Tables for
Volume B
Reciprocal space
Edited by U. Shmueli

International Tables for Crystallography (2006). Vol. B. ch. 2.4, pp. 271-272   | 1 | 2 |

Section Treatment of errors in phase evaluation: Blow and Crick formulation

M. Vijayana* and S. Ramaseshanb

aMolecular Biophysics Unit, Indian Institute of Science, Bangalore 560 012, India, and bRaman Research Institute, Bangalore 560 080, India
Correspondence e-mail: Treatment of errors in phase evaluation: Blow and Crick formulation

| top | pdf |

As shown in Section[link], ideally, protein phase angles can be evaluated if two isomorphous heavy-atom derivatives are available. However, in practice, conditions are far from ideal on account of several factors such as imperfect isomorphism, errors in the estimation of heavy-atom parameters, and the experimental errors in the measurement of intensity from the native and the derivative crystals. It is therefore desirable to use as many derivatives as are available for phase determination. When isomorphism is imperfect and errors exist in data and heavy-atom parameters, all the circles in a Harker diagram would not intersect at a single point; instead, there would be a distribution of intersections, such as that illustrated in Fig.[link]. Consequently, a unique solution for the phase angle cannot be deduced.


Figure | top | pdf |

Distribution of intersections in the Harker construction under non-ideal conditions.

The statistical procedure for computing protein phase angles using multiple isomorphous replacement (MIR) was derived by Blow & Crick (1959[link]). In their treatment, Blow and Crick assume, for mathematical convenience, that all errors, including those arising from imperfect isomorphism, could be considered as residing in the magnitudes of the derivative structure factors only. They further assume that these errors could be described by a Gaussian distribution. With these simplifying assumptions, the statistical procedure for phase determination could be derived in the following manner.

Consider the vector diagram, shown in Fig.[link], for a reflection from the ith derivative for an arbitrary value [\alpha] for the protein phase angle. Then, [D_{Hi}(\alpha) = [F^{2}_{N} + F^{2}_{Hi} + 2F_{N}F_{Hi} \cos (\alpha_{Hi} - \alpha)]^{1/2}. \eqno(] If [\alpha] corresponds to the true protein phase angle [\alpha_{N}], then [D_{Hi}] coincides with [F_{NHi}]. The amount by which [D_{Hi}(\alpha)] differs from [F_{NHi}], namely, [\xi_{Hi}(\alpha) = F_{NHi} - D_{Hi}(\alpha), \eqno(] is a measure of the departure of [\alpha] from [\alpha_{N}]. [\xi] is called the lack of closure. The probability for [\alpha] being the correct protein phase angle could now be defined as [P_{i}(\alpha) = N_{i} \exp [-\xi_{Hi}^{2}(\alpha)/2E_{i}^{2}], \eqno(] where [N_{i}] is the normalization constant and [E_{i}] is the estimated r.m.s. error. The methods for estimating [E_{i}] will be outlined later. When several derivatives are used for phase determination, the total probability of the phase angle [\alpha] being the protein phase angle would be [P(\alpha) = \textstyle\prod P_{i}(\alpha) = N \exp \left\{ -{\textstyle\sum\limits_{i}} [\xi_{Hi}^{2}(\alpha)/2E_{i}^{2}]\right\}, \eqno(] where the summation is over all the derivatives. A typical distribution of [P(\alpha)] plotted around a circle of unit radius is shown in Fig.[link]. The phase angle corresponding to the highest value of [P(\alpha)] would obviously be the most probable protein phase, [\alpha_{M}], of the given reflection. The most probable electron-density distribution is obtained if each [F_{N}] is associated with the corresponding [\alpha_{M}] in a Fourier synthesis.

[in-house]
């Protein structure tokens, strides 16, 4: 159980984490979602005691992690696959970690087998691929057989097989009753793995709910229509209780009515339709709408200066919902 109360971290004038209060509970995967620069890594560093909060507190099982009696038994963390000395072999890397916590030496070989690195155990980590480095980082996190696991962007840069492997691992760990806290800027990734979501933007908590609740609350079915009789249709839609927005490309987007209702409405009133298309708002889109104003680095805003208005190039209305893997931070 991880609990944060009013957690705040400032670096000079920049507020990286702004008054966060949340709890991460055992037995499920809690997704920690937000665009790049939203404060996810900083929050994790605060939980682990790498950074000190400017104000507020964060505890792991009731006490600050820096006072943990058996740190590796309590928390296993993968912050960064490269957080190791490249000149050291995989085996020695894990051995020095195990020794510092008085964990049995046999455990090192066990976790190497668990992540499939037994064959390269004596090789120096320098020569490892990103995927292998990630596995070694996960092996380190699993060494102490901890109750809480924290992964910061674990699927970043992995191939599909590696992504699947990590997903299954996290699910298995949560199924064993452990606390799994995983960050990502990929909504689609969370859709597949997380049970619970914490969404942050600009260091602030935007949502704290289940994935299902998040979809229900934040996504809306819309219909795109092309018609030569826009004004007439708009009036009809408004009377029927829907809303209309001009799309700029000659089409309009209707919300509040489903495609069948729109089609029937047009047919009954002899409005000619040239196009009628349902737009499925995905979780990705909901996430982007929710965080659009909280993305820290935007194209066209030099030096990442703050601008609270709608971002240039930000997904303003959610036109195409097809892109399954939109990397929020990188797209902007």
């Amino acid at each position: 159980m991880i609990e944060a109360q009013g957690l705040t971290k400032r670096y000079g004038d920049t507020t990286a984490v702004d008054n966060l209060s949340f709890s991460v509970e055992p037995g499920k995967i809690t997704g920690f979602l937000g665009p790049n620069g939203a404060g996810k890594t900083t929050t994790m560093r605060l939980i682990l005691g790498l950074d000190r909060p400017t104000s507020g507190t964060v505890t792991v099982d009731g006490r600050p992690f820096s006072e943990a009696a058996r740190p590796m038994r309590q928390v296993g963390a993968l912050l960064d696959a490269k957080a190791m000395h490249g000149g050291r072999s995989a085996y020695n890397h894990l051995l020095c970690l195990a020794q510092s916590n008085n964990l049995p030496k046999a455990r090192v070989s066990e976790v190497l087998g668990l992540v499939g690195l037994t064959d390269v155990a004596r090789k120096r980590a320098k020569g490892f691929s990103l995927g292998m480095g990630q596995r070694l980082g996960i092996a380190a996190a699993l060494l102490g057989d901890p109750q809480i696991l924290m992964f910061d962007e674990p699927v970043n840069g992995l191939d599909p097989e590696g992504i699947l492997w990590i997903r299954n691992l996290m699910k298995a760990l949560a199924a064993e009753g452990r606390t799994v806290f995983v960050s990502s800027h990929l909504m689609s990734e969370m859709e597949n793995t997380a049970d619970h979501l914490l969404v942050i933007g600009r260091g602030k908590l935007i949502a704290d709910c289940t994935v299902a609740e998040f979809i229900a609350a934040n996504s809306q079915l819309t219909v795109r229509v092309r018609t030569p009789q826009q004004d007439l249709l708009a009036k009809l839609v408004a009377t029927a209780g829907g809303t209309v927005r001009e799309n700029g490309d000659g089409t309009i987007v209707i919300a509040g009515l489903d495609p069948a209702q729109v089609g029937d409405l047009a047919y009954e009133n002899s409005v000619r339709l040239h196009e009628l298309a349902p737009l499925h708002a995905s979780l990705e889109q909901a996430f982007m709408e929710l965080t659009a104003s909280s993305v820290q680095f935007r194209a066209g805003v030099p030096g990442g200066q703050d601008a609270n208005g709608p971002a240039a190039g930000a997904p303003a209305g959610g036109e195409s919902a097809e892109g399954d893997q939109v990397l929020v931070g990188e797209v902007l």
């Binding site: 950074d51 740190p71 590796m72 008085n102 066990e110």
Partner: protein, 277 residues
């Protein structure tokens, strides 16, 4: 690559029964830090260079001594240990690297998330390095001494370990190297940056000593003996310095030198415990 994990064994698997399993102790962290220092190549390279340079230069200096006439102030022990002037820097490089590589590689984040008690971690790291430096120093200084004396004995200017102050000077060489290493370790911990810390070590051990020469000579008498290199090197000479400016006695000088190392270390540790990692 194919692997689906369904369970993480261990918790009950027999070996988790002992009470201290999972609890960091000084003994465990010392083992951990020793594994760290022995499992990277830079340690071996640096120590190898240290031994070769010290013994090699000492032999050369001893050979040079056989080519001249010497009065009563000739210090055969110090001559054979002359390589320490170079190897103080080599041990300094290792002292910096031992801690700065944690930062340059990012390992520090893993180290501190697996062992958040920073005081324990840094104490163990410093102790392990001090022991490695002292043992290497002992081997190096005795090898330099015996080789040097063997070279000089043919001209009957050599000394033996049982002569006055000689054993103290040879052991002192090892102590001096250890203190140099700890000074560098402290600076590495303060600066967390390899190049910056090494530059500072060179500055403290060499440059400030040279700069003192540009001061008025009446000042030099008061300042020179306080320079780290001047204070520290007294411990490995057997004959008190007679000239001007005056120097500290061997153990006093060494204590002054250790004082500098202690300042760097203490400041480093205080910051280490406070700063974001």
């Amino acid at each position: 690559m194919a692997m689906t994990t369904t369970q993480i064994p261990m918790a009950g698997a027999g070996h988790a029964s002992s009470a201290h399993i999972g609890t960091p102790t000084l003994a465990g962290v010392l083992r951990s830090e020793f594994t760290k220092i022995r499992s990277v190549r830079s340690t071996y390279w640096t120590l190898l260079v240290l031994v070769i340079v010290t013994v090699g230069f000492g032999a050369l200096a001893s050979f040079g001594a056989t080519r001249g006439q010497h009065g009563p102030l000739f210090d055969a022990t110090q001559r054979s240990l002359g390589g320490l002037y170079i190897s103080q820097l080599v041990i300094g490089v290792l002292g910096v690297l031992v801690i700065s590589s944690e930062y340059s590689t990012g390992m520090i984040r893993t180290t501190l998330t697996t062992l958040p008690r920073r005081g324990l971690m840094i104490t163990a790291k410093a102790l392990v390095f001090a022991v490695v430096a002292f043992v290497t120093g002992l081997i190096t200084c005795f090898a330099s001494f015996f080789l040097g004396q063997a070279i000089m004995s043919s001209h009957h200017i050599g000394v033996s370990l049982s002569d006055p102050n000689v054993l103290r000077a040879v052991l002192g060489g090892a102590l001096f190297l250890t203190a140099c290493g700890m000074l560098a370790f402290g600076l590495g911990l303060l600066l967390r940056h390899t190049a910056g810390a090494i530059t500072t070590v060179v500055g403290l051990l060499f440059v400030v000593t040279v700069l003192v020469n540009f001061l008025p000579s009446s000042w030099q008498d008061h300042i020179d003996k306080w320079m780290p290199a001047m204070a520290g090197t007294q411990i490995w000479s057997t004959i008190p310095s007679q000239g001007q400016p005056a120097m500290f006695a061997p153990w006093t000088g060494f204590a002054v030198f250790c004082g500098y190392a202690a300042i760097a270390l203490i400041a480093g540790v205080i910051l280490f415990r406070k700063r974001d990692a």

Figure | top | pdf |

Vector diagram indicating the calculated structure factor, [{\bf D}_{Hi}(\alpha)], of the ith heavy-atom derivative for an arbitrary value [\alpha] for the phase angle of the structure factor of the native protein.


Figure | top | pdf |

The probability distribution of the protein phase angle. The point P is the centroid of the distribution.

Blow and Crick suggested a different way of using the probability distribution. In Fig.[link], the centroid of the probability distribution is denoted by P. The polar coordinates of P are m and [\alpha_{B}], where m, a fractional positive number with a maximum value of unity, and [\alpha_{B}] are referred to as the `figure of merit' and the `best phase', respectively. One can then compute a `best Fourier' with coefficients [mF_{N} \exp (i\alpha_{B}).] The best Fourier is expected to provide an electron-density distribution with the lowest r.m.s. error. The figure of merit and the best phase are usually calculated using the equations [\eqalign{ m \cos \alpha_{B} &= {\textstyle\sum\limits_{i}} P(\alpha_{i}) \cos (\alpha_{i})/{\textstyle\sum\limits_{i}} P(\alpha_{i})\cr m \sin \alpha_{B} &= {\textstyle\sum\limits_{i}} P(\alpha_{i}) \sin (\alpha_{i})/{\textstyle\sum\limits_{i}} P(\alpha_{i}),} \eqno(] where [P(\alpha_{i})] are calculated, say, at [5^{\circ}] intervals (Dickerson et al., 1961[link]). The figure of merit is statistically interpreted as the cosine of the expected error in the calculated phase angle and it is obviously a measure of the precision of phase determination. In general, m is high when [\alpha_{M}] and [\alpha_{B}] are close to each other and low when they are far apart.


First citationBlow, D. M. & Crick, F. H. C. (1959). The treatment of errors in the isomorphous replacement method. Acta Cryst. 12, 794–802.Google Scholar
First citationDickerson, R. E., Kendrew, J. C. & Strandberg, B. E. (1961). The crystal structure of myoglobin: phase determination to a resolution of 2 Å by the method of isomorphous replacement. Acta Cryst. 14, 1188–1195.Google Scholar

to end of page
to top of page